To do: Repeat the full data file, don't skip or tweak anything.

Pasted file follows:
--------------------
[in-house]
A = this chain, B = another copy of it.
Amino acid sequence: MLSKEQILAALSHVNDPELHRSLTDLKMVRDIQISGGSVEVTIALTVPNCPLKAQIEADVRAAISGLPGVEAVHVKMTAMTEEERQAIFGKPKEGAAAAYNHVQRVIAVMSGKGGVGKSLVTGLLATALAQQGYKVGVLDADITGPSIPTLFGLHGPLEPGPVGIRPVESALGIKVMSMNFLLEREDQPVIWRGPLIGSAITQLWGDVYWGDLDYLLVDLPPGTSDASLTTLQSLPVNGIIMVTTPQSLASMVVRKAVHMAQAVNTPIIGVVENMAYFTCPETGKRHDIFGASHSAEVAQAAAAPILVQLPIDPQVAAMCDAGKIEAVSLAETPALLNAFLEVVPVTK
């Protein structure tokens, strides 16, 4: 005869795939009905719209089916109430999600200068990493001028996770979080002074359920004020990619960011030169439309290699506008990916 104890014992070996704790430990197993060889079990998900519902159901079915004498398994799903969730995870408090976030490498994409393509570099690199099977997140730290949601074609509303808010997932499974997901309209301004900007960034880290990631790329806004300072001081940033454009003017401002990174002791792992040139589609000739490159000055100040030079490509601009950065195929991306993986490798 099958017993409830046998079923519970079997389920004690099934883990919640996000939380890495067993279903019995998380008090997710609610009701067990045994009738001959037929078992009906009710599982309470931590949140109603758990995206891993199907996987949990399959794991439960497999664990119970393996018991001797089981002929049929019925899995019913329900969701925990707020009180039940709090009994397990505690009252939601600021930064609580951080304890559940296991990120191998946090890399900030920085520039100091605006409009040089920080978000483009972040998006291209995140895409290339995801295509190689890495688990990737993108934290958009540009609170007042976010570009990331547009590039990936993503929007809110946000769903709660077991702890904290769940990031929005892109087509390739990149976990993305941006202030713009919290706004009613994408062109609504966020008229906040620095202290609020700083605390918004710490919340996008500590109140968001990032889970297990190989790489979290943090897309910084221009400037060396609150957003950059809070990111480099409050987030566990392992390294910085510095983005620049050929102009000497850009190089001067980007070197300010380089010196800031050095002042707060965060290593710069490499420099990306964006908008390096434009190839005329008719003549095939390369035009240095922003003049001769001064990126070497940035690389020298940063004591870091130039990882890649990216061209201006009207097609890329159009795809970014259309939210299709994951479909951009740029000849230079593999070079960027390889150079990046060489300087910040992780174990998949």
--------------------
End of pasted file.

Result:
[in-house]
A = this chain, B = another copy of it.
Amino acid sequence: MLSKEQILAALSHVNDPELHRSLTDLKMVRDIQISGGSVEVTIALTVPNCPLKAQIEADVRAAISGLPGVEAVHVKMTAMTEEERQAIFGKPKEGAAAAYNHVQRVIAVMSGKGGVGKSLVTGLLATALAQQGYKVGVLDADITGPSIPTLFGLHGPLEPGPVGIRPVESALGIKVMSMNFLLEREDQPVIWRGPLIGSAITQLWGDVYWGDLDYLLVDLPPGTSDASLTTLQSLPVNGIIMVTTPQSLASMVVRKAVHMAQAVNTPIIGVVENMAYFTCPETGKRHDIFGASHSAEVAQAAAAPILVQLPIDPQVAAMCDAGKIEAVSLAETPALLNAFLEVVPVTK
């Protein structure tokens, strides 16, 4: 005869795939009905719209089916109430999600200068990493001028996770979080002074359920004020990619960011030169439309290699506008990916 104890014992070996704790430990197993060889079990998900519902159901079915004498398994799903969730995870408090976030490498994409393509570099690199099977997140730290949601074609509303808010997932499974997901309209301004900007960034880290990631790329806004300072001081940033454009003017401002990174002791792992040139589609000739490159000055100040030079490509601009950065195929991306993986490798 099958017993409830046998079923519970079997389920004690099934883990919640996000939380890495067993279903019995998380008090997710609610009701067990045994009738001959037929078992009906009710599982309470931590949140109603758990995206891993199907996987949990399959794991439960497999664990119970393996018991001797089981002929049929019925899995019913329900969701925990707020009180039940709090009994397990505690009252939601600021930064609580951080304890559940296991990120191998946090890399900030920085520039100091605006409009040089920080978000483009972040998006291209995140895409290339995801295509190689890495688990990737993108934290958009540009609170007042976010570009990331547009590039990936993503929007809110946000769903709660077991702890904290769940990031929005892109087509390739990149976990993305941006202030713009919290706004009613994408062109609504966020008229906040620095202290609020700083605390918004710490919340996008500590109140968001990032889970297990190989790489979290943090897309910084221009400037060396609150957003950059809070990111480099409050987030566990392992390294910085510095983005620049050929102009000497850009190089001067980007070197300010380089010196800031050095002042707060965060290593710069490499420099990306964006908008390096434009190839005329008719003549095939390369035009240095922003003049001769001064990126070497940035690389020298940063004591870091130039990882890649990216061209201006009207097609890329159009795809970014259309939210299709994951479909951009740029000849230079593999070079960027390889150079990046060489300087910040992780174990998949």